Article

A photonic quantum information interface

Group of Applied Physics, University of Geneva, 1211 Geneva 4, Switzerland.
Nature (Impact Factor: 42.35). 08/2005; 437(7055):116-120. DOI: 10.1038/nature04009
Source: arXiv

ABSTRACT Quantum communication requires the transfer of quantum states, or quantum bits of information (qubits), from one place to another. From a fundamental perspective, this allows the distribution of entanglement and the demonstration of quantum non-locality over significant distances. Within the context of applications, quantum cryptography offers a provably secure way to establish a confidential key between distant partners. Photons represent the natural flying qubit carriers for quantum communication, and the presence of telecommunications optical fibres makes the wavelengths of 1,310 nm and 1,550 nm particularly suitable for distribution over long distances. However, qubits encoded into alkaline atoms that absorb and emit at wavelengths around 800 nm have been considered for the storage and processing of quantum information. Hence, future quantum information networks made of telecommunications channels and alkaline memories will require interfaces that enable qubit transfers between these useful wavelengths, while preserving quantum coherence and entanglement. Here we report a demonstration of qubit transfer between photons of wavelength 1,310 nm and 710 nm. The mechanism is a nonlinear up-conversion process, with a success probability of greater than 5 per cent. In the event of a successful qubit transfer, we observe strong two-photon interference between the 710 nm photon and a third photon at 1,550 nm, initially entangled with the 1,310 nm photon, although they never directly interacted. The corresponding fidelity is higher than 98 per cent.

Download full-text

Full-text

Available from: Hugo Zbinden, Jul 28, 2015
0 Followers
 · 
153 Views
  • Source
    • "Therefore, the future of quantum nodes very likely depends on the ability to realize hybrid quantum systems, coupling standard photonic and matter based devices, having coherently and efficiently matched spectral properties. In this framework the nonlinear optical processes of sum and difference frequency generation are expected to play a more and more important role [11] [12]. "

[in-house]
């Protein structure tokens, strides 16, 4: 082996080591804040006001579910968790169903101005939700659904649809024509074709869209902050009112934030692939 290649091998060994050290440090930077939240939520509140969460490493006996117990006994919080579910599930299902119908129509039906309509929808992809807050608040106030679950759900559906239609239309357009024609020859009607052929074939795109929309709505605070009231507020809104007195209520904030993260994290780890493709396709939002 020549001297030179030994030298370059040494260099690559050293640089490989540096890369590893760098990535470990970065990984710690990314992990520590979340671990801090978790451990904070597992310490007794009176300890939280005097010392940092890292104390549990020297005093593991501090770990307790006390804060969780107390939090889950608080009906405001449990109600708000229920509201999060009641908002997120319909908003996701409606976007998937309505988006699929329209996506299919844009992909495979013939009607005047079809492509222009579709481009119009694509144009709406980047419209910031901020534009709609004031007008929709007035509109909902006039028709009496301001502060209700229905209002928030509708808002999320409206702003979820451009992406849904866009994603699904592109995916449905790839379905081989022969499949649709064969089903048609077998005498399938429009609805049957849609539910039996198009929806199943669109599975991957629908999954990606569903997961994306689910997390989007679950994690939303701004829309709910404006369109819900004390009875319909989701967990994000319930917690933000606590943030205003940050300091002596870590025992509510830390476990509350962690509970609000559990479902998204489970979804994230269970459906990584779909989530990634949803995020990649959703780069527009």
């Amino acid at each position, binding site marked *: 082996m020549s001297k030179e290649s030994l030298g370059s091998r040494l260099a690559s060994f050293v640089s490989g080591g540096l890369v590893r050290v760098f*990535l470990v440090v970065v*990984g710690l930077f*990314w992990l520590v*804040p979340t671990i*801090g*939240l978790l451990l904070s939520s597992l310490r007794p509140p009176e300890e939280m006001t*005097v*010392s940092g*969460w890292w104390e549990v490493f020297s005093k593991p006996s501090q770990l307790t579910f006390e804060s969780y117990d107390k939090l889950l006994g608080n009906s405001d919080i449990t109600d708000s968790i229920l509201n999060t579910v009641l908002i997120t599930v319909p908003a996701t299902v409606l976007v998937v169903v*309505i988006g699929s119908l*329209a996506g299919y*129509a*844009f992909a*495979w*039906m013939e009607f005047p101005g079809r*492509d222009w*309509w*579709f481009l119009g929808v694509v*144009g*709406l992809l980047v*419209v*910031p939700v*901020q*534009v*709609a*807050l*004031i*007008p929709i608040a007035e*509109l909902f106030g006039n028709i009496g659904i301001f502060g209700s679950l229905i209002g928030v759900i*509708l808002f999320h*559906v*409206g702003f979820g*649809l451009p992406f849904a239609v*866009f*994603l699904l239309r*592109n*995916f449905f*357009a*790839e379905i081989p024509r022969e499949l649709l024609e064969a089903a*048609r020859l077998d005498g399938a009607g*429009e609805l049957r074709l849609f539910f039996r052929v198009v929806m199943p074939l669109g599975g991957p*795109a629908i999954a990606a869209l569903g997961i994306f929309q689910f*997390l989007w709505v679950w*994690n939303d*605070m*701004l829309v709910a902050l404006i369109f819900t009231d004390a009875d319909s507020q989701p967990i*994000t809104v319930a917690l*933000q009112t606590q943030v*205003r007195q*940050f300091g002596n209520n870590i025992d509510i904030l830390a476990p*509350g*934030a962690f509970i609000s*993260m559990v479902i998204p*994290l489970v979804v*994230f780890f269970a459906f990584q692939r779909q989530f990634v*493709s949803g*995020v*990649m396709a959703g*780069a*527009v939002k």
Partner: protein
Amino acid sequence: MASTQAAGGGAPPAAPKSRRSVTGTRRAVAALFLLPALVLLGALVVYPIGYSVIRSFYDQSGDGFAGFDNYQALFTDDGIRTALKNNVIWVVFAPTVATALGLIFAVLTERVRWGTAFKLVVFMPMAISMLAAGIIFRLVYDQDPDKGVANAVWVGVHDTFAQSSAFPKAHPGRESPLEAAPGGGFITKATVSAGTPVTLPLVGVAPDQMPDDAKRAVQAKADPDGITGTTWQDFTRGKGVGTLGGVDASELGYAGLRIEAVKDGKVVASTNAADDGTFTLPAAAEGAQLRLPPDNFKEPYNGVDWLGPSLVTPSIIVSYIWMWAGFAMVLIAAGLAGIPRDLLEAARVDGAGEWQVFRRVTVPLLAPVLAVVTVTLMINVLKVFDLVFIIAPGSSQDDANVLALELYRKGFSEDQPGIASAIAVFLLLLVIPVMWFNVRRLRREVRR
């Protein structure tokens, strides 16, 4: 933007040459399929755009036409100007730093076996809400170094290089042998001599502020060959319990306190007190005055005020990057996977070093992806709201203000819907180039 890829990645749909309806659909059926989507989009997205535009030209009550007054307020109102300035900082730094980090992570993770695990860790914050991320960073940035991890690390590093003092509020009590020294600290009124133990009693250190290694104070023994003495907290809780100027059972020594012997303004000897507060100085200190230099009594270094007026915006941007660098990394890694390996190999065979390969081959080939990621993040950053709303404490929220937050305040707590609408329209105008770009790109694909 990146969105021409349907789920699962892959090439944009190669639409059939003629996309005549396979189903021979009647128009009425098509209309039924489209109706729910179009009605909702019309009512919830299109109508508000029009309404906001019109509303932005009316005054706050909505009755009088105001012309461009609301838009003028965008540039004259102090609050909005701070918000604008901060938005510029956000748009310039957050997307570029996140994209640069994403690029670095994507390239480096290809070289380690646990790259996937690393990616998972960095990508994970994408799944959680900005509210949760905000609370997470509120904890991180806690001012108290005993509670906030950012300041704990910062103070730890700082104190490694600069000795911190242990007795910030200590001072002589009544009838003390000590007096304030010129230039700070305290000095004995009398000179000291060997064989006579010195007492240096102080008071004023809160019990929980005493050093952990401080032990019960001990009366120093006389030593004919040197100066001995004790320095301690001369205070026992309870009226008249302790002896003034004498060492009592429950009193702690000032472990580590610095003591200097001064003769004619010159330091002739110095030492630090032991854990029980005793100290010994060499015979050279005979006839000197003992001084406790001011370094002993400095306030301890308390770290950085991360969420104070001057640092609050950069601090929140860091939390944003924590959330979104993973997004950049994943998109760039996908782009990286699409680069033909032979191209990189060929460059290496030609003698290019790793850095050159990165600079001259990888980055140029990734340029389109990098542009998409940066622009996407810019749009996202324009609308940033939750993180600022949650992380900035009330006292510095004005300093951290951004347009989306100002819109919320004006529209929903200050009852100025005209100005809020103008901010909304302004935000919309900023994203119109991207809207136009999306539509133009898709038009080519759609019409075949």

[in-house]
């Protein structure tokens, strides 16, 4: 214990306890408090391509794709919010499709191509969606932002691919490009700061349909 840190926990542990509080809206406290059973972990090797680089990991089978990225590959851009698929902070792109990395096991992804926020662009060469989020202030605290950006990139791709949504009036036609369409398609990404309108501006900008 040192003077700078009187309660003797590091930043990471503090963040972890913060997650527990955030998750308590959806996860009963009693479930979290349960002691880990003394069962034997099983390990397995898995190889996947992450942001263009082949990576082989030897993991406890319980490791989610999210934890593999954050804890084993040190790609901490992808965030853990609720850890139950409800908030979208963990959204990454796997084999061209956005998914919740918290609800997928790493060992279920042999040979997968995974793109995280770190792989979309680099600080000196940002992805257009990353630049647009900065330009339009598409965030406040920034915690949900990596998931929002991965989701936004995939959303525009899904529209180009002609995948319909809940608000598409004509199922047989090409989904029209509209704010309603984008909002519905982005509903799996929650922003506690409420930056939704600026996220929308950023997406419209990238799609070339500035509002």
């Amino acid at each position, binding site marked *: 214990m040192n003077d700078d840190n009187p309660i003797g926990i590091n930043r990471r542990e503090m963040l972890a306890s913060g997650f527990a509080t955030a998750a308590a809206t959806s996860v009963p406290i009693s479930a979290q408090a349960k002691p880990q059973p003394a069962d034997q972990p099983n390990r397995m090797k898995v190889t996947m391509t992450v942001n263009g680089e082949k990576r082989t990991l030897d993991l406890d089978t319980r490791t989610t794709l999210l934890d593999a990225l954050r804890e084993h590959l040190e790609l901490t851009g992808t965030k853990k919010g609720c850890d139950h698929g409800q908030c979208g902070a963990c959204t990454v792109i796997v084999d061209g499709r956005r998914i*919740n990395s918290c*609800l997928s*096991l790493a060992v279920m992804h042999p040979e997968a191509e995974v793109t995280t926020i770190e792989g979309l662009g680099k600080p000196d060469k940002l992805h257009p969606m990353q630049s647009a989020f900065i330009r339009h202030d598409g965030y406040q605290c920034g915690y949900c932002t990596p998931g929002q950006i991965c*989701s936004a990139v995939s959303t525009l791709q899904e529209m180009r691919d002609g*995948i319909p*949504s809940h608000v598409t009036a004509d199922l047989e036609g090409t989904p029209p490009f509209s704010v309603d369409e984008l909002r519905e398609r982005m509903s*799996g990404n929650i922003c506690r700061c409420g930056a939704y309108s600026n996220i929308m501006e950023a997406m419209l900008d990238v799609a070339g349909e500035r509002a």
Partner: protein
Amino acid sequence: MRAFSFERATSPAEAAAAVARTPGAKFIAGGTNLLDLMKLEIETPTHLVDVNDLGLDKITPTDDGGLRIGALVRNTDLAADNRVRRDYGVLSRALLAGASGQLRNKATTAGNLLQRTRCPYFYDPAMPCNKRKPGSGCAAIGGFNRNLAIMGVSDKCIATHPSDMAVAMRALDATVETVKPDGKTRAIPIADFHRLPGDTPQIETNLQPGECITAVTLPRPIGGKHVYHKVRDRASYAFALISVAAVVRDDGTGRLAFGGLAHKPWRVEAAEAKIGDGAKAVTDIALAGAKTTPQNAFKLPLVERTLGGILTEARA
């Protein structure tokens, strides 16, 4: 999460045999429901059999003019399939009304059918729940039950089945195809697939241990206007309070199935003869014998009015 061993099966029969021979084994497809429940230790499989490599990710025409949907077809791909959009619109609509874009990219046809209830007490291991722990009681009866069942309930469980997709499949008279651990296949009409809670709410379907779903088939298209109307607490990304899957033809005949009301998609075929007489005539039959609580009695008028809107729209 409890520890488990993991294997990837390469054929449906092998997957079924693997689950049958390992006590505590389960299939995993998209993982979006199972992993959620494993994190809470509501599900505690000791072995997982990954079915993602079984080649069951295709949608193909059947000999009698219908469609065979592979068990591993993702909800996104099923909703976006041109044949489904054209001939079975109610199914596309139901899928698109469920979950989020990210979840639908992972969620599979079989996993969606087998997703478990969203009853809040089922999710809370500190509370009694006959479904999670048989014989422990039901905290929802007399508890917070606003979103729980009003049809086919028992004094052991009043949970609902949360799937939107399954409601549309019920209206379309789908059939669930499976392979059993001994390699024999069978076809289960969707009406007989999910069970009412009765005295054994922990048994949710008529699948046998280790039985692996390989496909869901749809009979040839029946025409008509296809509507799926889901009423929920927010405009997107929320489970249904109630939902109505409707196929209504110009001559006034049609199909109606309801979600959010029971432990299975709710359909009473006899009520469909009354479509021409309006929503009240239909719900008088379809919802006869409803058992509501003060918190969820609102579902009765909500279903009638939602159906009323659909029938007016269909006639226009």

[Show abstract] [Hide abstract]
    ABSTRACT: We report a teleportation experiment involving narrowband entangled photons at 1560 nm and qubit photons at 795 nm emulated by faint laser pulses. A nonlinear difference frequency generation stage converts the 795 nm photons to 1560 nm in order to enable interference with one photon out of the pairs, i.e., at the same wavelength. The spectral bandwidth of all involved photons is of about 25 MHz, which is close to the emission bandwidth of emissive quantum memory devices, notably those based on ensembles of cold atoms and rare earth ions. This opens the route towards the realization of hybrid quantum nodes, i.e., combining quantum memories and entanglement-based quantum relays exploiting either a synchronized (pulsed) or asynchronous (continuous- wave) scenario.
    IEEE Journal of Selected Topics in Quantum Electronics 12/2014; 21(3). DOI:10.1109/JSTQE.2014.2381465 · 3.47 Impact Factor
  • Source
    • "Ultrafast laser pulses and nonlinear optics provide a framework for single-photon measurement on timescales much faster than electronics [10] [11]. A promising coherent nonlinear effect for single-photon ultrafast measurements is sum-frequency generation (SFG), a process in which two pulses interact in a nonlinear material to produce a third with frequency equal to the sum of the inputs [12] [13] [14] [15]. SFG in conjunction with pulse-shaping techniques is a powerful tool for manipulating singlephoton temporal waveforms [16] [17] [18]. "
    [Show abstract] [Hide abstract]
    ABSTRACT: Time-bin encoding is a robust form of optical quantum information, especially for transmission in optical fibers. To readout the information, the separation of the time bins must be larger than the detector time resolution, typically on the order of nanoseconds for photon counters. In the present work, we demonstrate a technique using a nonlinear interaction between chirped entangled time-bin photons and shaped laser pulses to perform projective measurements on arbitrary time-bin states with picosecond-scale separations. We demonstrate a tomographically complete set of time-bin qubit projective measurements and show the fidelity of operations is sufficiently high to violate the Clauser-Horne-Shimony-Holt-Bell inequality by more than 6 standard deviations.
    Physical Review Letters 10/2013; 111(15):153602. DOI:10.1103/PhysRevLett.111.153602 · 7.51 Impact Factor
  • Source
    • "The intrinsic dark count rate is very low, and is usually negligible in comparison to the noise due to the frequency conversion process. It is widely believed that the noise which arises in the frequency conversion process stems from the spontaneous Raman scattering (SRS) [Diamanti et al., 2005; Langrock et al., 2005; Thew et al., 2006; Tanzilli et al., 2005; Xu et al., 2007; Vandevender & Kwiat, 2004] and spontaneous parametric down conversion (SPDC) [Pelc et al, 2010] generated in the waveguide by the strong pump. If these SRS photons or SPDC photons are generated at wavelengths within the signal band they can be up-converted to the detection wavelength, generating noise or 'dark' counts. "
    Photodiodes - Communications, Bio-Sensings, Measurements and High-Energy Physics, 09/2011; , ISBN: 978-953-307-277-7
Show more